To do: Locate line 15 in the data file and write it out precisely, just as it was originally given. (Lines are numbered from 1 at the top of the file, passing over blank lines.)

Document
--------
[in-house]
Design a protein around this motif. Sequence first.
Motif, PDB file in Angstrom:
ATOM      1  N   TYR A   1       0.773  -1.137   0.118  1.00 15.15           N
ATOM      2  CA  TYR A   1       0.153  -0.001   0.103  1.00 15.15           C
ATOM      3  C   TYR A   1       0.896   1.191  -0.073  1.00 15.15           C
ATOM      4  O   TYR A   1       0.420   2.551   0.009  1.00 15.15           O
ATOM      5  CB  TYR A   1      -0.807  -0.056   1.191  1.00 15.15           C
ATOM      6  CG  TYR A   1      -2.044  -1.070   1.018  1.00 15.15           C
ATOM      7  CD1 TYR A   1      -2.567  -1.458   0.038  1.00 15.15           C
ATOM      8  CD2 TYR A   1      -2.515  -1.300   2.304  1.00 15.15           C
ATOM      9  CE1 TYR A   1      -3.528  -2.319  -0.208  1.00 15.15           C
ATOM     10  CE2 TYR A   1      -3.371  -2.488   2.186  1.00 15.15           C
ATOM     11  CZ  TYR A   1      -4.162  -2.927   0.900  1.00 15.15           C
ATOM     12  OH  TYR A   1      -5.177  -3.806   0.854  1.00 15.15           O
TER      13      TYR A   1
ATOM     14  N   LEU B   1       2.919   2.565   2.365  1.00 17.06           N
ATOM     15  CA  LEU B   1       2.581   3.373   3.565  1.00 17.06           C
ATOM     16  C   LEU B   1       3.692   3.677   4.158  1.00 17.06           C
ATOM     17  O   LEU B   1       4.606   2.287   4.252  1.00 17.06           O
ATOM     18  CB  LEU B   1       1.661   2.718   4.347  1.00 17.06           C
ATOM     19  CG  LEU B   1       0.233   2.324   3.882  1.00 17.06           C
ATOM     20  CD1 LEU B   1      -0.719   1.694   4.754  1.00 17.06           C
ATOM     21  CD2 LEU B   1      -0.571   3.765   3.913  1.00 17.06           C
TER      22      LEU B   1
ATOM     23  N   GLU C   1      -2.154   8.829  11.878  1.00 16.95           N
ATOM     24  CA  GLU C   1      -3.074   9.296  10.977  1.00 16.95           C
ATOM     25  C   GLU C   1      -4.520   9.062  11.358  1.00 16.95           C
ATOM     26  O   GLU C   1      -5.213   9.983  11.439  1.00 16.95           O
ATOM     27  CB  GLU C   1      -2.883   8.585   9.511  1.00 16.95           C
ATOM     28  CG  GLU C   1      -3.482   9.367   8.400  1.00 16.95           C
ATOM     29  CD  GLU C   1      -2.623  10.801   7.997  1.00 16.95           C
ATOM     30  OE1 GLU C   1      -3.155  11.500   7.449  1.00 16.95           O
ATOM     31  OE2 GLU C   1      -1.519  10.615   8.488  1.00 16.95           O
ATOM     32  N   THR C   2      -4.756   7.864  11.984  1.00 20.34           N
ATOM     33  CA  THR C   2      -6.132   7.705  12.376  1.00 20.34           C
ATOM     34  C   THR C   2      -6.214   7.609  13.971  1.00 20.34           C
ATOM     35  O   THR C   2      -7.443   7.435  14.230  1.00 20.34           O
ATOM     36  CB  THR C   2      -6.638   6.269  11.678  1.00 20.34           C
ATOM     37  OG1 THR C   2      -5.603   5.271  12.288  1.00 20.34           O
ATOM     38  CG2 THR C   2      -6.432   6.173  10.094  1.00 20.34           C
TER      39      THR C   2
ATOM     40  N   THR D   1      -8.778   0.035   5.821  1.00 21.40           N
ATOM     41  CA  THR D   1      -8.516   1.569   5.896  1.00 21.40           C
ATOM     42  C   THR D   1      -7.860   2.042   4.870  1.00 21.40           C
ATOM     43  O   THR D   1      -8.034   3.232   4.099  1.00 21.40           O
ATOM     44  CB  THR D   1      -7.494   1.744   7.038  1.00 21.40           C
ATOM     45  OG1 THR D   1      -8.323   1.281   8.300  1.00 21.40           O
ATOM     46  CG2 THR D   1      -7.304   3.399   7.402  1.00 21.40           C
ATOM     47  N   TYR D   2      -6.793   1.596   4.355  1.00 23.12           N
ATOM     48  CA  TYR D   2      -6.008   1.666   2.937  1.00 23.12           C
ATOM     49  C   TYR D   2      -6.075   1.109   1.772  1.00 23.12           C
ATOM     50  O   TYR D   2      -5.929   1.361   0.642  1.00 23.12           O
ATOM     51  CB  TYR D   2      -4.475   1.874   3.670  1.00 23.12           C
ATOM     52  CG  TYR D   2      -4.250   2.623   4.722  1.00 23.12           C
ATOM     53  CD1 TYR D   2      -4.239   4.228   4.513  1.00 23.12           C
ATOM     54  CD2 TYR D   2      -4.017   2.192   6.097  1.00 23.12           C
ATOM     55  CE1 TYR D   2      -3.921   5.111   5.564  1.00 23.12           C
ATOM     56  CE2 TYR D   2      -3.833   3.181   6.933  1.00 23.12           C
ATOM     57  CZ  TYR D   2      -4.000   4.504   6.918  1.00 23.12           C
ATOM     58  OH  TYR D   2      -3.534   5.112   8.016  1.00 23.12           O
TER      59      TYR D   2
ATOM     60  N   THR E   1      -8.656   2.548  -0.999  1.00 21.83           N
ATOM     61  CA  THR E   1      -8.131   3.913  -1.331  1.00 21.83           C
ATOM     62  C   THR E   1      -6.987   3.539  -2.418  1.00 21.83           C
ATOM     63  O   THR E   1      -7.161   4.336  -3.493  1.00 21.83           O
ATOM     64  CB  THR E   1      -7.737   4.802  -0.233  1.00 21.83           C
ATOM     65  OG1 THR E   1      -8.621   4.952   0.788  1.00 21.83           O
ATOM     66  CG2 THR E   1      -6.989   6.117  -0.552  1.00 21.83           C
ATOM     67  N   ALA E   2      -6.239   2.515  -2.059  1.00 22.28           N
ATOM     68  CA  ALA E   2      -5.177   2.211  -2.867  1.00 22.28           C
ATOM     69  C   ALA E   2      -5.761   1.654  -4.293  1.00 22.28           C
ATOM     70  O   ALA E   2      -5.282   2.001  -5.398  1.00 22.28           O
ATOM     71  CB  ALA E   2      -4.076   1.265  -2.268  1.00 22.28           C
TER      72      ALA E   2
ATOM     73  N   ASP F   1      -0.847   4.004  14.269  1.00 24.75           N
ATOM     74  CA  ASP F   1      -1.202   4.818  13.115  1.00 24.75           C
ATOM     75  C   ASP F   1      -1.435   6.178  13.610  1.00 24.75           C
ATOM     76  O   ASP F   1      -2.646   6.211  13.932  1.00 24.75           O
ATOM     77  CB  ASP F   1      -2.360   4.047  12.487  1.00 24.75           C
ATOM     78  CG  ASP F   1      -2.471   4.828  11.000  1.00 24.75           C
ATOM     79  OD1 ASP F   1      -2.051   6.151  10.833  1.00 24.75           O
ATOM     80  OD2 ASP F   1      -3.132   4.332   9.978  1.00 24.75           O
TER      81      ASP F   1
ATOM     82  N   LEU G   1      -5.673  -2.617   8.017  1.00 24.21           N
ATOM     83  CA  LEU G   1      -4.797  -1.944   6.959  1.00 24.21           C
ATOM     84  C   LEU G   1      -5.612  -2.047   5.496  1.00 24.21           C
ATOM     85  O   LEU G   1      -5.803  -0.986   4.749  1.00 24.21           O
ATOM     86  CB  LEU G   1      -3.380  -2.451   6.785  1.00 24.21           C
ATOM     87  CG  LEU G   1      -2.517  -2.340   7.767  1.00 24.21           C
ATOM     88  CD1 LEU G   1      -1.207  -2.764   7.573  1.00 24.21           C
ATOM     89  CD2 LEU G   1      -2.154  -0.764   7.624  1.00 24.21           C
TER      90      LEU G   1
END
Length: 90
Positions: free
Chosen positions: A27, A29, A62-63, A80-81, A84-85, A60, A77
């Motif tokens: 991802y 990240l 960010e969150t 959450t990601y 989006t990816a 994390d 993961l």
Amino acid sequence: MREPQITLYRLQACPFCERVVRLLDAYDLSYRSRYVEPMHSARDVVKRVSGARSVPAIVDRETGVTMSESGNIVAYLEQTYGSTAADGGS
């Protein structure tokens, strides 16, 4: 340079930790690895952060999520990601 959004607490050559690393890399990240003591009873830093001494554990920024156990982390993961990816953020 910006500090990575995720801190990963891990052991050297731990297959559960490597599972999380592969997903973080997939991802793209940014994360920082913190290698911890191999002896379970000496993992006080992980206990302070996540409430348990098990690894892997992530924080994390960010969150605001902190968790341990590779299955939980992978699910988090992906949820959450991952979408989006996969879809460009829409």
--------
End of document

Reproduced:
ATOM     12  OH  TYR A   1      -5.177  -3.806   0.854  1.00 15.15           O